Rita Mayer-Sommer from Deutsche Bank’s Risk Engineering team explains how investors can use their risk tolerance as a source of opportunity


Life must be understood backwards […] but lived forwards.” Søren Kierkegaard found simple words on the connection between time, insight and action – and yet it is anything but trivial to understand the past, and even less to draw conclusions for the future from it. The current crisis has demonstrated how an abundance of information and opinions can blur our views and impede our ability to act with purpose.


The very nature of risk is to be surprising – only in retrospect do events and their consequences appear obvious. For the investor, this implies: market downturns or rallies can begin at any moment – even with comprehensive information, it is impossible to predict their timing consistently. Additionally, significant market moves are generally accompanied by high volatility (and low liquidity), thus complicating the adequate implementation even of “perfectly timed” decisions, which in turn leads to further losses or opportunity costs. Consequently, market timing is both an expensive and unreliable risk management method over the long run. Investors’ long-term success is defined by the balancing act between opportunities and risks while maintaining the ability to remain invested, letting returns compound over time – regardless of market events. 

“The very nature of risk is to be surprising – only in retrospect do events and their consequences appear obvious”


The goal of risk management is to protect investors from a flight to cash, whether forced or deliberate, and offer as much opportunity as possible in reward for their risk tolerance. It should also offer a long-term economic advantage, like any type of insurance – even if over specific short time frames it might appear particularly “expensive”.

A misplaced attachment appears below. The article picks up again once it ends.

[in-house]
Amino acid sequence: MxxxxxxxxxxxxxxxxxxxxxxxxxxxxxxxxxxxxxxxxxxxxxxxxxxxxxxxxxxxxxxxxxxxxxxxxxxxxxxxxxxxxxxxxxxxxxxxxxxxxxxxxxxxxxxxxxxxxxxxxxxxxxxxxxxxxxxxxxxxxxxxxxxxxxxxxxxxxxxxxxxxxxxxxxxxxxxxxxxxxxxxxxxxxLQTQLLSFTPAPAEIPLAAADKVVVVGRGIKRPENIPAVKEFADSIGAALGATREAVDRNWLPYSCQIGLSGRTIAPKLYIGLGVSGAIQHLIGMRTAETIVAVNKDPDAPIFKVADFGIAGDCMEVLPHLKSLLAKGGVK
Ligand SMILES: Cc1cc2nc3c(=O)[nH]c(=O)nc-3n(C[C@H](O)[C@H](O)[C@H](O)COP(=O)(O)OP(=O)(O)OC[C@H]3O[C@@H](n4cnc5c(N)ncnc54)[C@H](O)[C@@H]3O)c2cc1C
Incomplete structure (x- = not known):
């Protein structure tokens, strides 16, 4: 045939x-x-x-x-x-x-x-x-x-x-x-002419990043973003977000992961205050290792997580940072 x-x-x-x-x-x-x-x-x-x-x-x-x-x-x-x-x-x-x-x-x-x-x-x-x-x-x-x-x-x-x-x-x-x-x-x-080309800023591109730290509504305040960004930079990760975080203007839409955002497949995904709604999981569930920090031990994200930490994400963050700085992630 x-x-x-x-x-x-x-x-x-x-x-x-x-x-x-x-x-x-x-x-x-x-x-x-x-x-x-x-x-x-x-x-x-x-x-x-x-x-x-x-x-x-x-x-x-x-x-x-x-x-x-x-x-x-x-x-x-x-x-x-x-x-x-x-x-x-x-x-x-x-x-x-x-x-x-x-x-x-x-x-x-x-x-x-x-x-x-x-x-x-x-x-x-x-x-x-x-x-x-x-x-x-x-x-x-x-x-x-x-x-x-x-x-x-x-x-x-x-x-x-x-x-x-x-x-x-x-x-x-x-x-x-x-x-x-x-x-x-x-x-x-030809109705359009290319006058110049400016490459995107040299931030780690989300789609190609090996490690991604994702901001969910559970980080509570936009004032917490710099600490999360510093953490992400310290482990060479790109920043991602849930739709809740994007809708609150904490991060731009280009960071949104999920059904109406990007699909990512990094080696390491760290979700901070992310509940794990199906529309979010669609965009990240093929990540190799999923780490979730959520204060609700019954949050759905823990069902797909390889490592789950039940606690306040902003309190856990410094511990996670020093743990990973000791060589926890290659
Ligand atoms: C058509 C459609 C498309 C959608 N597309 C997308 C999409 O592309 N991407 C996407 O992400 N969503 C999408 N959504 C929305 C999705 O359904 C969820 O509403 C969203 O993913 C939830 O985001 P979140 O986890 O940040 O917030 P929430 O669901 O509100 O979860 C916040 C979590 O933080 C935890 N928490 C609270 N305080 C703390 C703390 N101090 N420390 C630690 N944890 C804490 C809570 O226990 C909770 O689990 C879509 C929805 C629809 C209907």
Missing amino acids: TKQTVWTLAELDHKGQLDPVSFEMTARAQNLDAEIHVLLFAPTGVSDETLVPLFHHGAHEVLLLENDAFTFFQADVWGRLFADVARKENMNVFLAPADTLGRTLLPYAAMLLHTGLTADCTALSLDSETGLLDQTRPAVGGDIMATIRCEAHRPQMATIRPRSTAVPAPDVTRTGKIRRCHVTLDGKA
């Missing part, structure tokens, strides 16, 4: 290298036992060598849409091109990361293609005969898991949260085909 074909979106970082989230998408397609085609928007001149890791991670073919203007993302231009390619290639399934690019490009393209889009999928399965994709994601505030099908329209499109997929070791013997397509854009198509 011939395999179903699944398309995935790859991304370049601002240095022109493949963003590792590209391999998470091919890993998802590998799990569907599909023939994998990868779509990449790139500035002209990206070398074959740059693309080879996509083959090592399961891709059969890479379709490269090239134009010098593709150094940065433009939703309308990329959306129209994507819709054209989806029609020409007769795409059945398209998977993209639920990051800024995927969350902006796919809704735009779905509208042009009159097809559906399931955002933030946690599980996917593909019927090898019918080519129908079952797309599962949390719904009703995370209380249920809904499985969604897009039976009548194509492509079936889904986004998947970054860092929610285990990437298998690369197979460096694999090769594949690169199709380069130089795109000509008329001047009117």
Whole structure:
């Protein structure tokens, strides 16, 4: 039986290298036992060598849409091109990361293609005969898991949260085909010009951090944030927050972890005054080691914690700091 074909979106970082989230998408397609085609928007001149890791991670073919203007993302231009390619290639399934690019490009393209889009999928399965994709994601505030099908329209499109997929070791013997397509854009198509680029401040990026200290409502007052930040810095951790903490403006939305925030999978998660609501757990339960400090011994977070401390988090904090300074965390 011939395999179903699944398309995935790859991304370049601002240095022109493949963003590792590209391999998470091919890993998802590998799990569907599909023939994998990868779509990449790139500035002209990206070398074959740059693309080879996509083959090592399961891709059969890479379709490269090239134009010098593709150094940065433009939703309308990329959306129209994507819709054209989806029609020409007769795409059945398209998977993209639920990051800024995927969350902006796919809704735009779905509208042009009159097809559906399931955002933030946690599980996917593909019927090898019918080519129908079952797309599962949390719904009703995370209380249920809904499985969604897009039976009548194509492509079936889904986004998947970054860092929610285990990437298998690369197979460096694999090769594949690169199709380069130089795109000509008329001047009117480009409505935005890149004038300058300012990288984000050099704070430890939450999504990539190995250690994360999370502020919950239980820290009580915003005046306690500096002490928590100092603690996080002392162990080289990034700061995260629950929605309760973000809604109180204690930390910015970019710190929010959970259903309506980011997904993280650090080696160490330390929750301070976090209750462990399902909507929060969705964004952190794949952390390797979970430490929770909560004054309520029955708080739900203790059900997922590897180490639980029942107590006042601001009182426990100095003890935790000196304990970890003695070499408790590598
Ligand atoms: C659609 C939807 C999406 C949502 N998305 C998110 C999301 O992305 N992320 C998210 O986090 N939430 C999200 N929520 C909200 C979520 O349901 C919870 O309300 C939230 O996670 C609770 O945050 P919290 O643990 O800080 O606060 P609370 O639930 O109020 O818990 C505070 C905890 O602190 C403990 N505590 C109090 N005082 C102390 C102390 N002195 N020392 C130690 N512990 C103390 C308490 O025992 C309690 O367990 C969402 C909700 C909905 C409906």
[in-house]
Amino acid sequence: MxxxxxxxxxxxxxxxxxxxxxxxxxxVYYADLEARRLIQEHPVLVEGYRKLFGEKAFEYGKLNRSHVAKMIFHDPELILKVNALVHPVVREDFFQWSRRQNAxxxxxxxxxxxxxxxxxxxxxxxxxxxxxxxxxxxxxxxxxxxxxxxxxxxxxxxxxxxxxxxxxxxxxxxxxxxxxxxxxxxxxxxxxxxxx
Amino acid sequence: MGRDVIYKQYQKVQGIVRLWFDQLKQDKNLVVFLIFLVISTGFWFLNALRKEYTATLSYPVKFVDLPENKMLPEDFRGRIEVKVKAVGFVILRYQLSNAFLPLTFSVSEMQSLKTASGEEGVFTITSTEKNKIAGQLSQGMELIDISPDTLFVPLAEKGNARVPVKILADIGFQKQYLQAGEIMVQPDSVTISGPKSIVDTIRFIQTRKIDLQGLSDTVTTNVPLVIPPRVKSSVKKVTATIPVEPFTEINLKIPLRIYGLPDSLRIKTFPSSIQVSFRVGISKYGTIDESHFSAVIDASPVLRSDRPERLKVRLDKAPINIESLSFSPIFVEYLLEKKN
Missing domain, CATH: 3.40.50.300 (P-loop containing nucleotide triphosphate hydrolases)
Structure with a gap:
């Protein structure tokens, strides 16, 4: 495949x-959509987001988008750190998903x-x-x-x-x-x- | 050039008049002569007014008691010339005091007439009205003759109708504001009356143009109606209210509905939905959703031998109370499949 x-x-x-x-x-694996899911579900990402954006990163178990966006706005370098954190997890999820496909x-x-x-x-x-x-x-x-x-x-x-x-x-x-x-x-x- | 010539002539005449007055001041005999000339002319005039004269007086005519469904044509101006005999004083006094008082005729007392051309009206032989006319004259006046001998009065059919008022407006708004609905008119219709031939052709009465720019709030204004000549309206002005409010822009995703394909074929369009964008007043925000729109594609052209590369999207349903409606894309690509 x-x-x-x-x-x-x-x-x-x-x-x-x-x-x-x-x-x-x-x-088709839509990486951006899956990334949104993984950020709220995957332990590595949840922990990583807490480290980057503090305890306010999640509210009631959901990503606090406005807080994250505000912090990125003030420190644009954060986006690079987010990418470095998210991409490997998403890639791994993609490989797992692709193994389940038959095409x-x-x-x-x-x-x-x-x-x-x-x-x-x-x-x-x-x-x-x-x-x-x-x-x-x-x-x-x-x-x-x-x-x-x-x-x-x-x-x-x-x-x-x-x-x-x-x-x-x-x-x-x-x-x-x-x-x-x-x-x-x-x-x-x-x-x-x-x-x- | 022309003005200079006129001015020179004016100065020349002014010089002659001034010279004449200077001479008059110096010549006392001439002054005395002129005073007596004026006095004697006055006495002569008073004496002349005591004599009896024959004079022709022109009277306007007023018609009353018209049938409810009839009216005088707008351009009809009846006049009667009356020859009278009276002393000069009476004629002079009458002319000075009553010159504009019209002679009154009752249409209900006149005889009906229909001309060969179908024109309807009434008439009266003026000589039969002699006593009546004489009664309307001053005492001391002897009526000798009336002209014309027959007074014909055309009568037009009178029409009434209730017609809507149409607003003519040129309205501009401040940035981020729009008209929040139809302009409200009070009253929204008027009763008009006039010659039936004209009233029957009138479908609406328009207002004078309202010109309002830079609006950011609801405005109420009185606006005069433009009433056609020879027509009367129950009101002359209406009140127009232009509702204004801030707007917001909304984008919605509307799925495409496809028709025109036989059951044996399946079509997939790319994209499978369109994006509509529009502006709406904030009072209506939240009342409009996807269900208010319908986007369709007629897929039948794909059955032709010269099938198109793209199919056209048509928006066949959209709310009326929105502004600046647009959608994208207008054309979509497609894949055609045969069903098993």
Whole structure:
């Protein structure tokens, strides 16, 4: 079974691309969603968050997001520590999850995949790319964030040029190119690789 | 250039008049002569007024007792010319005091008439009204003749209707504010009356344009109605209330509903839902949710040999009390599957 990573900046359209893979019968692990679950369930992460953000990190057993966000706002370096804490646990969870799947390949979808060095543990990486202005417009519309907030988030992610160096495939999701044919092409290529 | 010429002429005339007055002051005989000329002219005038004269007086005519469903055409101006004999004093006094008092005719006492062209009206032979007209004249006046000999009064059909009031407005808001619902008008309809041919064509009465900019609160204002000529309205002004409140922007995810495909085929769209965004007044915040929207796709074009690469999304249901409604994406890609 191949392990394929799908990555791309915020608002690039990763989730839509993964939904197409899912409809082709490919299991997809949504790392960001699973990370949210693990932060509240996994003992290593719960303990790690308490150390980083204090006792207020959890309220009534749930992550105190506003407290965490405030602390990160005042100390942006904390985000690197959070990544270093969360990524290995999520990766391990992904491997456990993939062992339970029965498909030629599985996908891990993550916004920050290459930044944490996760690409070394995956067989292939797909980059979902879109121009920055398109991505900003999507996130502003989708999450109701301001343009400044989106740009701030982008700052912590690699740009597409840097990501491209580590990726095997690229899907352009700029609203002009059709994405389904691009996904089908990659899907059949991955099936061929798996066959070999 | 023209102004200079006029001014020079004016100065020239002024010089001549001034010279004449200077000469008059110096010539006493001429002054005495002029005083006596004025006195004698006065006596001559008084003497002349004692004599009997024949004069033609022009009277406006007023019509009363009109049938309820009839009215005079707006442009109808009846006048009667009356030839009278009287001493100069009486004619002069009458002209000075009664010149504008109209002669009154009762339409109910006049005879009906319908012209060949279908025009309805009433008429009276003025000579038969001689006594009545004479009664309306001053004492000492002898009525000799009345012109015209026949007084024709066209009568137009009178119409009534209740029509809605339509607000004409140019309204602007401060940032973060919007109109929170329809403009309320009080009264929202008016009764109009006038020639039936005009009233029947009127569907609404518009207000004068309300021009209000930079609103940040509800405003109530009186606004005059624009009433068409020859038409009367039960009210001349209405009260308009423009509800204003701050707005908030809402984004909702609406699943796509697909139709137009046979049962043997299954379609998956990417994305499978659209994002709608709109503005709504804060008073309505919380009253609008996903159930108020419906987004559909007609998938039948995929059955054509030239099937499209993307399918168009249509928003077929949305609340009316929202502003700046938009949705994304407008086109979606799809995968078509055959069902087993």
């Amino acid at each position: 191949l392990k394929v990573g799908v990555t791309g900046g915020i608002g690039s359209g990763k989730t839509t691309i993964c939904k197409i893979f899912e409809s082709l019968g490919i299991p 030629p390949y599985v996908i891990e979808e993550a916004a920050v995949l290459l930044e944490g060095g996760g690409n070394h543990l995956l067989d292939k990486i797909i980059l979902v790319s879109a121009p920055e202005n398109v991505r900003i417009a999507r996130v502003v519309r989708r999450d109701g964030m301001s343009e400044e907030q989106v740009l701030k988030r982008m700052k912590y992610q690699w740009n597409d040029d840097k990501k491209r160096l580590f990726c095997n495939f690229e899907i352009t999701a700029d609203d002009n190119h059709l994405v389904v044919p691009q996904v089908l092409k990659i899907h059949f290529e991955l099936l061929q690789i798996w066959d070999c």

This makes the choice of risk management method a crucial decision for every investor. Market timing can cause opportunity costs due to discrepancies between long-term predictions and medium-term developments. On the other hand, while remaining completely passive without adjustments of the investment allocation may be systematically efficient over the long term, this is only advantageous if, and only if, investors can stomach any kind of market event without changing their allocation. The market downturn in March 2020 impressively demonstrated how the remarkably synchronous shocks to financial markets and the real economy could affect the liquidity requirements of long-term investors. Both 2008 and 2020 are clear reminders that risk diversification alone is not sufficient in order to avoid excessive losses during market panics.


Complementing diversification, systematic risk management can reduce downside risks more reliably and economically, resulting in more robust portfolio outcomes. Systematic risk management methods, based on quantitative market insights, can however be designed in various ways. Managing risk by changing portfolio allocations through dynamically adjustable futures exposure can be very costefficient in moderate markets, but causes issues similar to those of market timing during volatile periods, leading to concentrated opportunity costs. Alternatively, risks can be mitigated through the systematic use of options while keeping the underlying portfolio as stable as possible. Such an approach requires a recurring investment of an “insurance premium” in order to pursue the risk reduction objective; in return, a continuous enhancement of upside participation can be achieved.


To some investors, risk management seems like a cost – however it should rather be seen as an investment, enabling higher market exposure without increasing portfolio risk. Metaphorically speaking, portfolio protection strategies bear resemblance to vaccines which hopefully, despite potential side effects, will enable our return to normality and the range of possibilities it offers. 


Our Risk Return Engineering (RRE) team advises investors on the risk management approach adequate for meeting their goals – keeping in mind that only tolerated risks can turn into opportunities.




Rita Mayer-Sommer is part of Deutsche Bank's Risk Engineering team.



This article originally appeared in our client magazine WERTE 23, "Acting with purpose".

You can read this article in Italian here.

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